Åsa Romson used the term “zigenare” following a debate between the leaders of Sweden’s major political parties, broadcast on SVT.
The word, which means “gypsy” in English is deeply offensive. In April it became one of a selection of words followed by the phrase "använd istället" (use instead) in the latest edition of Sweden's official dictionary produced by Svenska Akademien (The Swedish Academy). The book advises all Swedes to use “Roma” instead.
But Romson used word term “zigenare” instead of “Roma” as she defended describing the migrant crisis in Europe as “the new Auschwitz” in the broadcast on Sunday night.
After her comparisons with the mass killings proved controversial, she told SVT she wanted to apologize to “any of the groups” affected by Adolf Hitler’s crimes during the second word war including “zigenare” (gypsies), Jews and gay people.
She also said the word “zigenare” during an interview with Sweden’s Expressen newspaper on Sunday.
The leader later told SVT that she was sorry, adding that she had used an expression that “did not fit”, while trying to make a strong argument about the migrant crisis in the EU.
Her press spokesperson Hellström Gefvert later told the broadcaster that Romson had been “tired” after the debate and knew that her choice of words was “indefensible”.
On Monday, Romson issued another apology on Twitter, posting: "Again: It was wrong to make an Auschwitz analogy. I sincerely apologize".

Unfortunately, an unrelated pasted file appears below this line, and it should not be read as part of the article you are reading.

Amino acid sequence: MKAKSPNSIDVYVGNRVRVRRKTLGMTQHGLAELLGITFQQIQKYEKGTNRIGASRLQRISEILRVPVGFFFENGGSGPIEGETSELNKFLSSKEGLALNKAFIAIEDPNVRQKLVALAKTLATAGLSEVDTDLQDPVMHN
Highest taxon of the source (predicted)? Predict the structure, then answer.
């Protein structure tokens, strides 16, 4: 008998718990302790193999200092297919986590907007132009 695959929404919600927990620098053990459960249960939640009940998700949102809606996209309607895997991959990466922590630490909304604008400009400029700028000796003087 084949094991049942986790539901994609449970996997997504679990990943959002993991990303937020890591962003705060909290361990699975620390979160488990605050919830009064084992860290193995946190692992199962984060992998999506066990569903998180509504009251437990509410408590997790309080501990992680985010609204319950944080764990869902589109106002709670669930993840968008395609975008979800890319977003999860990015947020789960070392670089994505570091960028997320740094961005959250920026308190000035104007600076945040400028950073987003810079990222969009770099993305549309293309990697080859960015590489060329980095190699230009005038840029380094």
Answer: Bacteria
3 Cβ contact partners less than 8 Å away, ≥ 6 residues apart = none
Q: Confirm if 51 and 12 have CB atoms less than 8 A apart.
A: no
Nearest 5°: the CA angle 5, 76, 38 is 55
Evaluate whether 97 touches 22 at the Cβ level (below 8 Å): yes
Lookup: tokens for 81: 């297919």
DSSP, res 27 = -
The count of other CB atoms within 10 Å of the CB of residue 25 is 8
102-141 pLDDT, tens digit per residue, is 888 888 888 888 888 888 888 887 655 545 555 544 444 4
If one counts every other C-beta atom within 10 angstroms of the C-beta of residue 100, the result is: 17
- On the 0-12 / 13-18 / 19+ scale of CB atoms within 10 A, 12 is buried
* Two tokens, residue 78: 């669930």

Återigen: Det var fel att göra liknelsen om Auschwitz. Jag ber verkligen om ursäkt
— Åsa Romson (@asaromson) May 11, 2015
Sweden's Social Democrat-Green government announced last month that it was going to allocate 13 million kronor a year from 2016-19 to help tackle racism towards Roma people, including increasing understanding of Roma culture and language in Sweden's education and social care sectors.
Romson is not the first Swedish politician to compare Europe's refugee crisis to the Holocaust.
Last month, Liberal Party MEP Cecilia Wikström told The Local that EU member states were currently doing so little to help guarantee safe passage for migrants that future generations would compare their actions to Sweden "turning a blind eye" to the Holocaust.
"I think that my children and grandchildren are going to ask why more wasn't done to help people running away from Isis, or violence in Eritrea or wherever, when we knew that people were dying in their thousands. People will ask the same question they did after the war, 'if you were aware, why didn't you do something?'", she said.